Kayan is a valley located 30 km west of the Doshi district in the northern Baghlan province of Afghanistan.

The majority of the valley’s residents belong to the Sadat and Hazara tribes. A notable spiritual family within these tribes, of Hussaini Sadat origin, emigrated from Iraq-Iran before settling in Afghanistan. Their ancestor was named Shah Abdal Wali. Descendants of Abdal have long been held in high regard by various nationalities for their honesty, sincerity, and compassion in society. Even non-Ismailis deeply respect them due to their distinct virtues. Shah Abdulhadi, Abdal Wali’s grandson, lived in the Kayan valley. During Amir Shir Ali Khan’s reign, he was selected by the Ismailia sect to visit Imam Highness Shah Hassan Ali, the Aga Khan I, to potentially become the Mukhi (leader) of the Ismailia community in Afghanistan. Before Abdulhadi, an envoy from British India had tried to fulfill this role but was deemed unsuitable.

The Ismailia sect sponsored Shah Abdulhadi’s journey to meet Imam Shah Hassan Ali in Kerman, Iran. Following their meeting, Shah Abdulhadi was appointed as Mukhi. He diligently guided his community towards truth and righteousness. He was succeeded by his son, Sayed Shah Hussain, another influential Mukhi. Although Shah Hussain was more renowned than Shah Abdal during his tenure, he had seven sons. One of them, Sayed Jafar Khan, took on the mantle of leadership. Jafar Khan was a visionary and played a pivotal role during Sher Ali Khan’s reign, fostering a strong bond between Amir Sher Ali Khan and Imam Shah Hassan Ali. Recognized for his wisdom and scholarship, Jafar Khan served the Ismailia community for 40 years before passing away in 1273.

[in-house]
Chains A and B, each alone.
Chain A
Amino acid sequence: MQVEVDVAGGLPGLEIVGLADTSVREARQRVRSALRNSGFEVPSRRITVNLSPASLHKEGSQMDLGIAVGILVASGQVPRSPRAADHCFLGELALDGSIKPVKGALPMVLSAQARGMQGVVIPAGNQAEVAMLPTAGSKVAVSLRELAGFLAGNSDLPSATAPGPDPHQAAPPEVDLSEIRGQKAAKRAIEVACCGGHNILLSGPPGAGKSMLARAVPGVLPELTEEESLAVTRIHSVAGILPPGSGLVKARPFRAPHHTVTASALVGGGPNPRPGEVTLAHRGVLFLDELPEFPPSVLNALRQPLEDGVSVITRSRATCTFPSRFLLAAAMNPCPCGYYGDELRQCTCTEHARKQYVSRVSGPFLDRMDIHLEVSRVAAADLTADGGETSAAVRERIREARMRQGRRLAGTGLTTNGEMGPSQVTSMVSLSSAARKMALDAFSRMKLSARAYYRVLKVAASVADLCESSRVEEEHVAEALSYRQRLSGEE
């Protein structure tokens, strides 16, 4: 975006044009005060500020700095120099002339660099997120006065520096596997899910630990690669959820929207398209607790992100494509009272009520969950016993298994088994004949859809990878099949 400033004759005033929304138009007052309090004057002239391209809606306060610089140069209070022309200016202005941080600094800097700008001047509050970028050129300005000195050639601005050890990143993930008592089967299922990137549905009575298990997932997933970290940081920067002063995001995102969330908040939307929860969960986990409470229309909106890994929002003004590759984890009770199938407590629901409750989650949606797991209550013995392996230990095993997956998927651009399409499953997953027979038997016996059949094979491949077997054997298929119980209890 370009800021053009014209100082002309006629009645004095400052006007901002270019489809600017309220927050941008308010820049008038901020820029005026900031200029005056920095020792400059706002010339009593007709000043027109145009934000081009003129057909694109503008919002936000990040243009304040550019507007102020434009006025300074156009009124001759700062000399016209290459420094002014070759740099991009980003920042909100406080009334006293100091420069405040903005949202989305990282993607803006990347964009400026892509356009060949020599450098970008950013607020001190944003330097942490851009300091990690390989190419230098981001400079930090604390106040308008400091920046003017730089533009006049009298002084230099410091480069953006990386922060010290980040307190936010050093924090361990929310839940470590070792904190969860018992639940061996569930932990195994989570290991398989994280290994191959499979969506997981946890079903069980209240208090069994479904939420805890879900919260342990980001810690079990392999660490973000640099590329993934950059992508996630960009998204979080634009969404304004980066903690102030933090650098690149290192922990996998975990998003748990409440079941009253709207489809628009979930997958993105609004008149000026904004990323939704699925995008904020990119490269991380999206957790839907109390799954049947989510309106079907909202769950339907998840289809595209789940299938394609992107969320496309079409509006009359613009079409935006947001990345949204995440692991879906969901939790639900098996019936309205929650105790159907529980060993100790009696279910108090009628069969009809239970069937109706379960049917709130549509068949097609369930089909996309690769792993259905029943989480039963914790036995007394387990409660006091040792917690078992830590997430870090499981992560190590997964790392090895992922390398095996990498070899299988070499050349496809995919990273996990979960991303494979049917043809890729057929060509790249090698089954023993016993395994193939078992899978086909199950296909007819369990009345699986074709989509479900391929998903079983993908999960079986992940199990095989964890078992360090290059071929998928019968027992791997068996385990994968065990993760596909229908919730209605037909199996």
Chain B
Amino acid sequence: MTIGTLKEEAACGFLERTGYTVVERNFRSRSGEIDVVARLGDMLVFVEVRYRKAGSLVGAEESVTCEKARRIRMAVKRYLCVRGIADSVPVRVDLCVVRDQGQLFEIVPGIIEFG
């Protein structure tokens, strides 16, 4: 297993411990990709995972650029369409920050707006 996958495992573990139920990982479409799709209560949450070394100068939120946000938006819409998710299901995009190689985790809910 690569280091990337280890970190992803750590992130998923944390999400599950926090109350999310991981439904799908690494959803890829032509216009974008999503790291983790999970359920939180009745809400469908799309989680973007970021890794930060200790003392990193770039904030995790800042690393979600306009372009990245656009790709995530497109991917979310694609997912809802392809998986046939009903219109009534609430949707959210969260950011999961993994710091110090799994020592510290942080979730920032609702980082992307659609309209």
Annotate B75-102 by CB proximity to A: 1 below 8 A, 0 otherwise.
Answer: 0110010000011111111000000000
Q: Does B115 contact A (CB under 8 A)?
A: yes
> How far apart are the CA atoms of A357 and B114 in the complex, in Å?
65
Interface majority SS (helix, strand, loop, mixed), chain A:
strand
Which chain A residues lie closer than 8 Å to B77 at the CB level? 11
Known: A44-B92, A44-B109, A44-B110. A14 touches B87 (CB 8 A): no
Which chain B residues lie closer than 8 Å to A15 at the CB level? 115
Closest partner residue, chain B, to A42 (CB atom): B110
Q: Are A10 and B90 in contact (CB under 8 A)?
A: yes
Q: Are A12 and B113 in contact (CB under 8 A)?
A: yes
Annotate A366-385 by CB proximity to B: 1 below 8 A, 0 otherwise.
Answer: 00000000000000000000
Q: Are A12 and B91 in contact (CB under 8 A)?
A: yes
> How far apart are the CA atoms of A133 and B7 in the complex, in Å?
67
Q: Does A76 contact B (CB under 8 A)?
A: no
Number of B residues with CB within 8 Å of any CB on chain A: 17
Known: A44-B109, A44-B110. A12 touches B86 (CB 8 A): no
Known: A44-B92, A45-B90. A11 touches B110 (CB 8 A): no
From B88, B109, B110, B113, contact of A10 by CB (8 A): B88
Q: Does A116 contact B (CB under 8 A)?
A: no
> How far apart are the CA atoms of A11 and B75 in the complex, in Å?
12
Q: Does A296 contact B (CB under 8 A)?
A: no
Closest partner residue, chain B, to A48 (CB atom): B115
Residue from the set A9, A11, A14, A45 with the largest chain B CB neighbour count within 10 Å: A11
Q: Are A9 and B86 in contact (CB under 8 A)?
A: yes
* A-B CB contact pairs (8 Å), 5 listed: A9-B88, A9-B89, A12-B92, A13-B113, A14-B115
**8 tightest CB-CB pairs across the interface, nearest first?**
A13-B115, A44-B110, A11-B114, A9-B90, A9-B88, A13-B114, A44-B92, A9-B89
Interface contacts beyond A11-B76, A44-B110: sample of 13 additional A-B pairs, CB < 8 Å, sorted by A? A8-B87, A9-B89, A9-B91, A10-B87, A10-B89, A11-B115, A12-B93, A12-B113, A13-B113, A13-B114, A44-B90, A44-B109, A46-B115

Sayed Gowhar Khan succeeded him, appointed by Aga Ali Shah, the second Aga Khan. After years of commendable service, he died in 1277. The leadership then passed to Sayed Fraidoon Khan, who under Aga Ali Shah’s endorsement, achieved great feats until his death in 1282. Sayed Timor Shah Khan, known for his patience and competence, was then appointed by Sir Sultan Muhammad Shah, the Aga Khan III. Following him, Sayed Nader Shah Khan, a learned man known for his poetic prowess, assumed the role. Notably, he wrote poetry, published 58 different scientific and religious books, and was a celebrated spiritual figure of the 20th century. His exemplary service led to him receiving the highest honors from the reigning Imam. After his death at age 75 in 1349, his eldest son, Sayed Shah Nasir, took over. He served the Ismailia community for a significant time. However, after being released from prison during the communist Babrak Karmal regime, he appointed his brother, Alhaj Sayed Mansoor Naderi, as his representative to lead the community. Subsequently, he relocated to England.


 Source: Trikh-Gharib (History of Poor) Sayed Nader Shah Kayani